The American Board of Internal Medicine (ABIM) announced significant changes to its maintenance of certification (MOC) program, a move that was welcomed by major cardiovascular societies.
Last year, ABIM changed its MOC program from a once-every-10-years program to a more continuous one, which led to complaints from members of the medical community that the board had turned a deaf ear to practicing physicians and failed to develop a relevant program for them.
“ABIM clearly got it wrong,” wrote Richard J. Baron, MD, ABIM’s president and CEO, in a statement. “We launched programs that weren't ready, and we didn't deliver an MOC program that physicians found meaningful. We want to change that.”
ABIM’s board continues to advocate that a more-continuous certification helps internists keep up with the rapidly changing modern medical practice, but it recognizes parts of the new program were not meeting the needs of physicians, Baron said.
Specifically, ABIM is taking the following steps:
- Effective immediately, it is suspending the Practice Assessment, Patient Voice and Patient Safety requirements for at least two years. No internist will have his or her certification status changed for not having completed activities in these areas for at least the next two years. Diplomates who are not certified but have satisfied all requirements for MOC except for the Practice Assessment requirement will be issued a new certificate this year.
- Within the next six months, ABIM will change the language used to publicly report a diplomate's MOC status on its website from “meeting MOC requirements” to “participating in MOC.”
- ABIM is updating the Internal Medicine MOC exam. The update will focus on making the exam more reflective of what physicians in practice are doing. Changes will be incorporated beginning fall 2015, with more subspecialties to follow.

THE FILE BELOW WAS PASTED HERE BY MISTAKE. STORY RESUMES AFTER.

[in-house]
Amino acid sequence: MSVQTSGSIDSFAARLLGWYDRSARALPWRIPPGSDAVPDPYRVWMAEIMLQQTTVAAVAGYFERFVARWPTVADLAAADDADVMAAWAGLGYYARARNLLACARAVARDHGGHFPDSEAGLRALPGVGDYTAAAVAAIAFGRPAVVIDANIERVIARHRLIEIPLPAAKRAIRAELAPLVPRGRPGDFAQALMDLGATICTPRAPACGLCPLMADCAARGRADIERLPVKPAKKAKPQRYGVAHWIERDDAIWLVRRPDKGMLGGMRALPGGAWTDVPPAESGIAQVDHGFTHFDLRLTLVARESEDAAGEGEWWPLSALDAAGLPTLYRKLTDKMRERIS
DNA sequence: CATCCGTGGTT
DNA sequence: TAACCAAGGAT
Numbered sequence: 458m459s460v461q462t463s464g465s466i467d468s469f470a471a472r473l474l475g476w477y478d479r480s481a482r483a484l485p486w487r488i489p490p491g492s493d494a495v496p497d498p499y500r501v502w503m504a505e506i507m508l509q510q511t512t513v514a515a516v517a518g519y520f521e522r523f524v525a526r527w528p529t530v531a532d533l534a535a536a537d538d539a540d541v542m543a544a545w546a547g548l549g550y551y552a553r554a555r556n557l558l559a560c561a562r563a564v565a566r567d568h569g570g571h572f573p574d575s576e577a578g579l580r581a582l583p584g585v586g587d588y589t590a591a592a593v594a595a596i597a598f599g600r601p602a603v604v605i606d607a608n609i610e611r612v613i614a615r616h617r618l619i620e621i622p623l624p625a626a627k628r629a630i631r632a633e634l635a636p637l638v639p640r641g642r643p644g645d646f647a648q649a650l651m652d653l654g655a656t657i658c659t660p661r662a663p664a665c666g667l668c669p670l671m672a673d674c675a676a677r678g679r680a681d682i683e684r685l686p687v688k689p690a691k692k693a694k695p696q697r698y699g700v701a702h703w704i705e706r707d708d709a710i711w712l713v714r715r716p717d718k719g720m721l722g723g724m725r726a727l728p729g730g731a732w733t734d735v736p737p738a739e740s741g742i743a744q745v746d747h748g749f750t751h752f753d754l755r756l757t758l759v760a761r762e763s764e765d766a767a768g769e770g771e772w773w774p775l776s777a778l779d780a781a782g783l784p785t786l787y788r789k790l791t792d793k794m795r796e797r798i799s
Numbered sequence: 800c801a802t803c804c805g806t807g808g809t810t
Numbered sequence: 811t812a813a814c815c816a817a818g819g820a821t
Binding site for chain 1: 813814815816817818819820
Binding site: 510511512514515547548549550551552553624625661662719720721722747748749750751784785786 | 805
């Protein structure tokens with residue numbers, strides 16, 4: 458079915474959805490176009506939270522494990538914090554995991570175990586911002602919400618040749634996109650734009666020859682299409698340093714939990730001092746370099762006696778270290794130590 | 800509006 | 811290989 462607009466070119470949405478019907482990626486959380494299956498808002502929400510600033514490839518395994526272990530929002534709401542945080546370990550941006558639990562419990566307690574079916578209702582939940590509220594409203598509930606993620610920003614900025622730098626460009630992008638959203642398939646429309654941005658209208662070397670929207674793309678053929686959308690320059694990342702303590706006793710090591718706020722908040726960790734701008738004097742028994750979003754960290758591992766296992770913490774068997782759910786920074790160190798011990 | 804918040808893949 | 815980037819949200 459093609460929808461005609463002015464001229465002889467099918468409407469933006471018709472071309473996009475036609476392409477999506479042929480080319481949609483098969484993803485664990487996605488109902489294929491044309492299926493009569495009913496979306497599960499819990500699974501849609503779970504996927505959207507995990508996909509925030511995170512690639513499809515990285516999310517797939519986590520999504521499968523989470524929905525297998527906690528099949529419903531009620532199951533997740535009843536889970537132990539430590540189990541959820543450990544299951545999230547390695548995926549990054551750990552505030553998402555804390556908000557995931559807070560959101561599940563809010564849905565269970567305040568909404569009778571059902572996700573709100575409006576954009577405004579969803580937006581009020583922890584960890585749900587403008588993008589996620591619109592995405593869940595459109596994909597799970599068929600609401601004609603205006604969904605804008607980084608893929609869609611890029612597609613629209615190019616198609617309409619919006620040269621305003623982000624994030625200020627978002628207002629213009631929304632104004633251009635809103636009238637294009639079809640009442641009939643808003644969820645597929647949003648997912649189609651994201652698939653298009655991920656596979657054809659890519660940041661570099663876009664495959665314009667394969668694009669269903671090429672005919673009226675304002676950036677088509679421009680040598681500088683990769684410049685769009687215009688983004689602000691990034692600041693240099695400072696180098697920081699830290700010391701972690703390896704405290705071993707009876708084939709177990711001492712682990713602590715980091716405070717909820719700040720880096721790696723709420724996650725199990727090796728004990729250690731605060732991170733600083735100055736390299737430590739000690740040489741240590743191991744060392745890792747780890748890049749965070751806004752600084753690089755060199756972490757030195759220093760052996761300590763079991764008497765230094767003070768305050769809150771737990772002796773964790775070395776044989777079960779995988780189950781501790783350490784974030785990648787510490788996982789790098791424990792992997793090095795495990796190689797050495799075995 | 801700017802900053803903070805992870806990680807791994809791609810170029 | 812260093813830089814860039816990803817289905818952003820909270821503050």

- MOC enrollment fees will remain at or below the 2014 levels through at least 2017.
- By the end of 2015, ABIM will assure new and more flexible ways for internists to demonstrate self-assessment of medical knowledge by recognizing most forms of Accreditation Council for Continuing Medical Education-approved programs.
“ABIM is changing the way it does its work so that it is guided by, and integrated fully with, the medical community that created it,” Baron wrote. “However, I know that actions will speak louder than words. Therefore, ABIM will work with medical societies and directly with diplomates to seek input regarding the MOC program through meetings, webinars, forums, online communications channels, surveys and more.”
Cardiovascular organizations, such as the American College of Cardiology (ACC) and the Society for Cardiovascular Angiography and Interventions (SCAI), praised ABIM for making the changes.
In a press release, Patrick T. O’Gara, MD, president of the ACC, said, “Last year’s significant changes to the program generated legitimate criticism and sparked heated discussions—including among members of the cardiovascular community. The changes announced today are encouraging, and the ABIM should be recognized for listening to physicians and specialty societies, including the ACC.”
SCAI leadership added that the changes didn’t address all of the group’s concerns, though. The society wants ABIM to require just one recertification exam in the physician’s primary specialty or subspecialty, allowing interventionalists to stay current only with the interventional cardiology board exams.
“These significant steps forward represent clear progress in the effort to improve the MOC process,” said Charles E. Chambers, MD, SCAI president, in a press release. He called the development encouraging, but indicated that SCAI would continue to press for revisions.